Table of Contents

1. Information Technology Governance at HMC

Monday, January 4th, 2010 by Joseph Vaughan

Comment Icon0 HMC’s strategic vision of “unsurpassed excellence…at all levels” calls for constant improvement. Such improvement requires constant innovation and decision making. Information Technology decision making is inextricably entwined with every other aspect of HMC. The college needs a strong IT governance model or “structure and process of authoritative decision making across issues that are significant for external as well as internal stakeholders”1.

Comment Icon0 The current governance model for IT at Harvey Mudd College is focused almost exclusively on the Computing and Information Services Department. The CIO, who is a Vice-President and member of the Cabinet, is tasked with management of the CIS department, and is advised by the Computing Committee, which consists of three faculty members and a student. The Cabinet provides guidance on major IT issues. Some aspects of IT governance are handled at the consortial level, by committees like the ITC and the Sakai Administration Team.

Comment Icon0 Many (most?) decisions about IT are about an infrastructure that affects everyone in the HMC community almost all the time and is the foundation of the organization’s IT capabilities. It is therefore vital that the college develop a governance model that can capture the concerns of the different constituencies in the community (students, faculty, staff, alumni, trustees …), can guide CIS, and be flexible and responsive to changing needs and a changing IT environment.

Comment Icon0 Decisions about information technology that have significant campus impact are currently made at different places in the organization, with varying levels of consultation with clients and stakeholders, and varying levels of consideration of impact. Examples include:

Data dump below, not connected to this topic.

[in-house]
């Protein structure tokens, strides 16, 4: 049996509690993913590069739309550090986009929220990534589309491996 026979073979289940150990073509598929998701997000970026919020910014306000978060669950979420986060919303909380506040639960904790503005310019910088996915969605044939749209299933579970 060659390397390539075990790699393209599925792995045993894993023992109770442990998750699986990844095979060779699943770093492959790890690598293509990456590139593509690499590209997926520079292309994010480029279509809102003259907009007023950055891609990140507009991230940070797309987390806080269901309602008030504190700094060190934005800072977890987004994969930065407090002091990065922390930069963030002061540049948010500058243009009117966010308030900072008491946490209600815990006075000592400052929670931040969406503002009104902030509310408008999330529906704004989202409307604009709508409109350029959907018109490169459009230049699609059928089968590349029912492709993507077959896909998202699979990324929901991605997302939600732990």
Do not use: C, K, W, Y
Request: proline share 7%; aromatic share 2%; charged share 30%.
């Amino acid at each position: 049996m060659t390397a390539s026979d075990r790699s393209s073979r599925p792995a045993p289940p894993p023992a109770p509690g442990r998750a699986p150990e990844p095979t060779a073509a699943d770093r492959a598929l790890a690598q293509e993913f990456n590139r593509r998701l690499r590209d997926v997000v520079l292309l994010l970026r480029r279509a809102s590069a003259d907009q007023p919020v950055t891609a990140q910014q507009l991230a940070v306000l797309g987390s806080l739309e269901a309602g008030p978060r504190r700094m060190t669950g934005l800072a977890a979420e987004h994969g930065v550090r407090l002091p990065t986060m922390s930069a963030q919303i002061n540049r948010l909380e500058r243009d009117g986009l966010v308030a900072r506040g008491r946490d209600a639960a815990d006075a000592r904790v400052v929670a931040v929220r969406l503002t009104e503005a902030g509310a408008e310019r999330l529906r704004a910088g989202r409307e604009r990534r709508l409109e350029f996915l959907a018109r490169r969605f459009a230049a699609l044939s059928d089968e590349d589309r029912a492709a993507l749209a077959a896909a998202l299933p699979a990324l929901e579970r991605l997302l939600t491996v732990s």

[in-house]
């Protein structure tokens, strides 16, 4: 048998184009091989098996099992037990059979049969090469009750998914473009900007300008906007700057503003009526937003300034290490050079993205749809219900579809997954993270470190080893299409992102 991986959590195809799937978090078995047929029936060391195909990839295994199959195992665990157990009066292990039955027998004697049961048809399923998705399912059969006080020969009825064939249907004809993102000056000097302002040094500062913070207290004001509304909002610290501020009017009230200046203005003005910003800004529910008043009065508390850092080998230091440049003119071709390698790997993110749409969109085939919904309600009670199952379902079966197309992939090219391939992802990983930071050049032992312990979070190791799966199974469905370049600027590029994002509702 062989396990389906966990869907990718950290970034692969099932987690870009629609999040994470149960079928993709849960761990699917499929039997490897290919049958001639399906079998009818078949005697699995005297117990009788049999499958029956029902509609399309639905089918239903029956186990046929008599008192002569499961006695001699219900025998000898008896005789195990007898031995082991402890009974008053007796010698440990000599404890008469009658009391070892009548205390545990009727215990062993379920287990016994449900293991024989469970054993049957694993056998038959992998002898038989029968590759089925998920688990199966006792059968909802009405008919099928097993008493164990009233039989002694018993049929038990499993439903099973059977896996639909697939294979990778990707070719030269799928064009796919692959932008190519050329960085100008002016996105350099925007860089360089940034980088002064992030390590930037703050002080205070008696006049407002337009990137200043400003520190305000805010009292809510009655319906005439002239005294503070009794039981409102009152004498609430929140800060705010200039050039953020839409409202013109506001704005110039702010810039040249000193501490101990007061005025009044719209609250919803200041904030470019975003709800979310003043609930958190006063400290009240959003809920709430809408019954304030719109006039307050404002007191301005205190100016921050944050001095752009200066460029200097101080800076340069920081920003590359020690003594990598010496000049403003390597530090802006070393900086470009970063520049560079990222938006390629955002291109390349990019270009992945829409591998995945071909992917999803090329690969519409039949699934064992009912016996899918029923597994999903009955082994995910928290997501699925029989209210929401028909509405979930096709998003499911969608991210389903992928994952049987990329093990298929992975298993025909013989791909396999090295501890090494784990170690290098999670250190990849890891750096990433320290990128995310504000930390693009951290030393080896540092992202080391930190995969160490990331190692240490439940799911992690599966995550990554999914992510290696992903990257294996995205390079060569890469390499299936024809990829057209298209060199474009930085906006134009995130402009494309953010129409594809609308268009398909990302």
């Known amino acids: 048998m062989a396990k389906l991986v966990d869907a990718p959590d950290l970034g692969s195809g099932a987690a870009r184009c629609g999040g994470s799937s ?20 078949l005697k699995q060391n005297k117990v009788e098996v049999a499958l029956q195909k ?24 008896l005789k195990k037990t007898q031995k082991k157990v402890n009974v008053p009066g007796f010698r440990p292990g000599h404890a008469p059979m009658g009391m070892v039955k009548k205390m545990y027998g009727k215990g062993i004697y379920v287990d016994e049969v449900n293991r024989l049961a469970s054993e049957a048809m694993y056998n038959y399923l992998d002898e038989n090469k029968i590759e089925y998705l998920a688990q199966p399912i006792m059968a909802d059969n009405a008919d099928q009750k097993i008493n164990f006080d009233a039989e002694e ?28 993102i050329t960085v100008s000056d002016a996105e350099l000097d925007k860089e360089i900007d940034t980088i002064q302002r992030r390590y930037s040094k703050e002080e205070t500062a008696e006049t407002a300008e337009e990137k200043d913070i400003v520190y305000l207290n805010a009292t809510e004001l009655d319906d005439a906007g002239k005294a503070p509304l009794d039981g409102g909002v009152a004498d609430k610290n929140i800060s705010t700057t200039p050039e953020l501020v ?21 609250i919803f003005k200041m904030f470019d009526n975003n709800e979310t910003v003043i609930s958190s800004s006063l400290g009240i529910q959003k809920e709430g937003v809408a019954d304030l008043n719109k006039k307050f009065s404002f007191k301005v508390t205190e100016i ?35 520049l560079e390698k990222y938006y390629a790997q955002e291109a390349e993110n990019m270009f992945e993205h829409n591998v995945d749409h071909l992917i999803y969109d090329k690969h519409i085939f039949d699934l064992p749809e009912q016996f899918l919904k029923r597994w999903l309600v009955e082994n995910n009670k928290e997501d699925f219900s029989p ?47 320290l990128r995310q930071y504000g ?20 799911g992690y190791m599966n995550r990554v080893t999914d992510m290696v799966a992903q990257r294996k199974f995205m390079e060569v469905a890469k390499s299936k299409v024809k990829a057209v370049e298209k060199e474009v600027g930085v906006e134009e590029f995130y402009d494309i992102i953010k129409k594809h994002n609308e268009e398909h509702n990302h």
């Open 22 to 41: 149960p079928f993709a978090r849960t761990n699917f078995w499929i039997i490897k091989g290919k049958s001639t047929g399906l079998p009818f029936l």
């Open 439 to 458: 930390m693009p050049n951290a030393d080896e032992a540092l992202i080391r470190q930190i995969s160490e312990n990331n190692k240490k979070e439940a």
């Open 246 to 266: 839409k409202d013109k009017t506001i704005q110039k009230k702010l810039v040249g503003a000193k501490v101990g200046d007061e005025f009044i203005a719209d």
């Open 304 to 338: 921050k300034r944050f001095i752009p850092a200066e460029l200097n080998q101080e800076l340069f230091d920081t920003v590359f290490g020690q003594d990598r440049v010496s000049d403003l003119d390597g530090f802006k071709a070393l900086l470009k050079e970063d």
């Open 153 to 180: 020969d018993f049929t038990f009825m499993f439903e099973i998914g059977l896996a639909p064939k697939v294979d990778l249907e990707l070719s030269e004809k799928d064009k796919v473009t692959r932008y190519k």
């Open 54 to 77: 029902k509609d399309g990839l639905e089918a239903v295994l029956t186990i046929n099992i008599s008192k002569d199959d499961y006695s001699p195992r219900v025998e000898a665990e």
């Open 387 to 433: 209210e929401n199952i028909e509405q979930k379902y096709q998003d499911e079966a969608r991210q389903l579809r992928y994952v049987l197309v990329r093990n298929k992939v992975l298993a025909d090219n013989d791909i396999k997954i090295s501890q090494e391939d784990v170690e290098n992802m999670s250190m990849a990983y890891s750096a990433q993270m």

Comment Icon0within CIS (for example, the decision to acquire Zimbra as an email application or the annual decision as to what software should go on lab computer images)

Comment Icon0at the level of the Claremont Colleges Consortium (for example, the decision to deploy Jenzabar CX, decisions about wireless technology or the choice of Footprints as an IT trouble ticket system)

Comment Icon0within HMC departments (for example, the choice within F&M to adopt EMS for event management; the choice within HR to adopt the ADP timekeeping system; the choice within Computer Science of an alternative to Postini for spam filtering; software support decisions within the Math Department; the decision with Admissions to use Recruitment Plus).

Comment Icon0 It is quite common for IT decisions to be made at lots of different points in an organization. It can also be challenging for the institution to coordinate IT decision making in order to develop a coherent and integrated set of technical choices for the organization. Lack of coordination can lead to fractured support of systems, limited levels of knowledge about particular systems, lack of use of features that could improve people’s working lives. All of these can prevent an organization from reaching its goals effectively.

Comment Icon0 HMC does not have a formal process for the development of policies that cover information technology. What policies there are have mainly been produced within CIS, although some, such as the acceptable use policy, or the copyright policies, are Claremont wide. There are lacunae in policy areas such as data access and classification, data retention and web policies. So the college needs a framework that will ensure that policies are vetted by the appropriate constellation of committees and stakeholders.

Comment Icon0 HMC needs to address these challenges of IT governance and decide how it will control and coordinate IT decision making.

  1. Comment Icon0
  2. Develop, deploy and optimize an IT governance model for the College
  3. Ensure that all stakeholders understand and use the IT governance model appropriately

Comment Icon0 1 Gayle, Tewarie, & White, Governance in the twenty-first-century university: Approaches to effective leadership and strategic management. 2003.


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